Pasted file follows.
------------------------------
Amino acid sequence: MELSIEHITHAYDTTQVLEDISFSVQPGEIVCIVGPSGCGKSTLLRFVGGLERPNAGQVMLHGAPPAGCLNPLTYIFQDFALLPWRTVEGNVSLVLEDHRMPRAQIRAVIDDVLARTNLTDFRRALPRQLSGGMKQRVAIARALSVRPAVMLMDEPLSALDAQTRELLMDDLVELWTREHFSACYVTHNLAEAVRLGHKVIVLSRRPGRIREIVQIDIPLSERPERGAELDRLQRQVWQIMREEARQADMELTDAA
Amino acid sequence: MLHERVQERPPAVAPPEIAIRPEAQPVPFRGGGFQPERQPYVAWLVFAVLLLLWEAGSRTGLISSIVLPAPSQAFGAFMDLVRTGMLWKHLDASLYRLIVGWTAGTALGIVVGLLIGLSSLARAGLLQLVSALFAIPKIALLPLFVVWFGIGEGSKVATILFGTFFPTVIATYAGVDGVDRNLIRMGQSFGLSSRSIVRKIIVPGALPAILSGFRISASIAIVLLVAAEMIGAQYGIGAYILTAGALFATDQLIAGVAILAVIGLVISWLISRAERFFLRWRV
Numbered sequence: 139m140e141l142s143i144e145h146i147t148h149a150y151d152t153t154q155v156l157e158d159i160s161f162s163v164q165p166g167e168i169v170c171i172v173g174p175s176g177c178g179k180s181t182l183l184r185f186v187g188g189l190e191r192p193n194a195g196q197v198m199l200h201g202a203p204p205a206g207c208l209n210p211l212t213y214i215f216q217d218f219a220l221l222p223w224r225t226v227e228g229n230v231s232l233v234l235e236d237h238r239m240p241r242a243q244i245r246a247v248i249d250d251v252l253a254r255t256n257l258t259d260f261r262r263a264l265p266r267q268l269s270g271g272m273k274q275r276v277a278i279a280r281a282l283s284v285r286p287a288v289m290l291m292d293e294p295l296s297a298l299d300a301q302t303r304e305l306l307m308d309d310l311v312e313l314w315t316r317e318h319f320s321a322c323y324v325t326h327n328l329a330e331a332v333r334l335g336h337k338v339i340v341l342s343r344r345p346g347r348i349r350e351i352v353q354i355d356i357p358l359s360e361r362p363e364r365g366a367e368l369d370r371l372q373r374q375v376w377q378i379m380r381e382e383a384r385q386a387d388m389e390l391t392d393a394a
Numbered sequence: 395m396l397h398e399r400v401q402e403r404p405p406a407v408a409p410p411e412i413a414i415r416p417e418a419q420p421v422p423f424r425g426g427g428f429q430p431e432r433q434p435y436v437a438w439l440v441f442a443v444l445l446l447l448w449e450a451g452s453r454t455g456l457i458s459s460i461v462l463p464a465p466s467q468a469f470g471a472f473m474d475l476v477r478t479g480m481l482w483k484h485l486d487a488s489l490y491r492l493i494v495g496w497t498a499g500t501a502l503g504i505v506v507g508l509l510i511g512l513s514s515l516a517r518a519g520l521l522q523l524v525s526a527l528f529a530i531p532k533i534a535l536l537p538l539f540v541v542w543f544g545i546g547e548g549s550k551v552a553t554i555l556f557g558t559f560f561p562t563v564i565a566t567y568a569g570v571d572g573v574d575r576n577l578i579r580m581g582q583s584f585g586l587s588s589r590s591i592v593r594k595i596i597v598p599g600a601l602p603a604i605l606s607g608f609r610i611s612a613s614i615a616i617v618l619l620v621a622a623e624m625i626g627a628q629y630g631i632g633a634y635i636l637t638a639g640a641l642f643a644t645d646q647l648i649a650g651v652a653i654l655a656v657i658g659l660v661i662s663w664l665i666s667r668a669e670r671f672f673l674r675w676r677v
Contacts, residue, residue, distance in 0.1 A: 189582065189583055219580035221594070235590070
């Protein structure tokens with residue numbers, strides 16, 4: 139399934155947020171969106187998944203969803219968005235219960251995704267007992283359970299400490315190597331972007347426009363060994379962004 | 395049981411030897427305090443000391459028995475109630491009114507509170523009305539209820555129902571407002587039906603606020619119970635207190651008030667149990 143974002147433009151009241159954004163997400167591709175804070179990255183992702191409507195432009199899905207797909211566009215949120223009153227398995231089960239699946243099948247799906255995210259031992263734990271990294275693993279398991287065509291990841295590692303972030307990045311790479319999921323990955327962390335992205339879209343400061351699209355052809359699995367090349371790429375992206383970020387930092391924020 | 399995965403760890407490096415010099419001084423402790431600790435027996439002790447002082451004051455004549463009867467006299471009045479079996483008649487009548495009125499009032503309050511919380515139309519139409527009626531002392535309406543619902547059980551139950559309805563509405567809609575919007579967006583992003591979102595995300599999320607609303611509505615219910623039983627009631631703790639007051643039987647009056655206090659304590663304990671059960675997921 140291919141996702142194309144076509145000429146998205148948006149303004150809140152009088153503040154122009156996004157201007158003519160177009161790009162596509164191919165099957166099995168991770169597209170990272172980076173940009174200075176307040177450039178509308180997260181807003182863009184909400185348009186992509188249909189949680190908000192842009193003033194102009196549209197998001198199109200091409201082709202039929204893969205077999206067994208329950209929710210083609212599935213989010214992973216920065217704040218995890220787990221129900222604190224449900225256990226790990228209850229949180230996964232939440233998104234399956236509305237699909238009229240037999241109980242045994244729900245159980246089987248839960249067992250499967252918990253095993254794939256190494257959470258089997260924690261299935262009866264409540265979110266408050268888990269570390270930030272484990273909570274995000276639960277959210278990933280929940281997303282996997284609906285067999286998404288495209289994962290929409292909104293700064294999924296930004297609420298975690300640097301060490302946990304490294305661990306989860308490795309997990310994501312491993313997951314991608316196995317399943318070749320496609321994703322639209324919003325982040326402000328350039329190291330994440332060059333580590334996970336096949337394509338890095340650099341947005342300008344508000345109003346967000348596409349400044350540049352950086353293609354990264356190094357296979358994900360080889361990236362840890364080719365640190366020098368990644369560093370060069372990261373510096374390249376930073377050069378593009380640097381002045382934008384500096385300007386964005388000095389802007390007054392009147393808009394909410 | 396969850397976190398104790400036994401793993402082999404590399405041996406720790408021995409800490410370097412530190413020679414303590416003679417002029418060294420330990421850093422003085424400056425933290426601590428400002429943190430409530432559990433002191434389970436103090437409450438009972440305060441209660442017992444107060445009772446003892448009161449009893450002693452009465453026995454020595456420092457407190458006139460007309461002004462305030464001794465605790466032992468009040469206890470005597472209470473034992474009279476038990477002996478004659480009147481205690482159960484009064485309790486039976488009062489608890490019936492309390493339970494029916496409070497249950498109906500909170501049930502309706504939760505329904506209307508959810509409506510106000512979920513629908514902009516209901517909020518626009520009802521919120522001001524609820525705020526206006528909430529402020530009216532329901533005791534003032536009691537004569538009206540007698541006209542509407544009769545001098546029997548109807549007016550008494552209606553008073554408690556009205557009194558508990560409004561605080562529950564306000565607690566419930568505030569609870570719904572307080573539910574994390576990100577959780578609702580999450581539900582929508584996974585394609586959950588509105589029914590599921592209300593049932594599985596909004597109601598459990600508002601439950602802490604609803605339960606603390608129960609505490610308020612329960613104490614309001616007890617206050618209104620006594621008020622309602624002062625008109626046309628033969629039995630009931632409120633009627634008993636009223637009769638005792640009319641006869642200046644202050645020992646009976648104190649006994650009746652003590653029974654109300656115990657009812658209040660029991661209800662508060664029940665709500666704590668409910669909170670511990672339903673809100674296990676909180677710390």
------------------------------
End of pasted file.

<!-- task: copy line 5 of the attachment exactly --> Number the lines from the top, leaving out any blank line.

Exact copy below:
Contacts, residue, residue, distance in 0.1 A: 189582065189583055219580035221594070235590070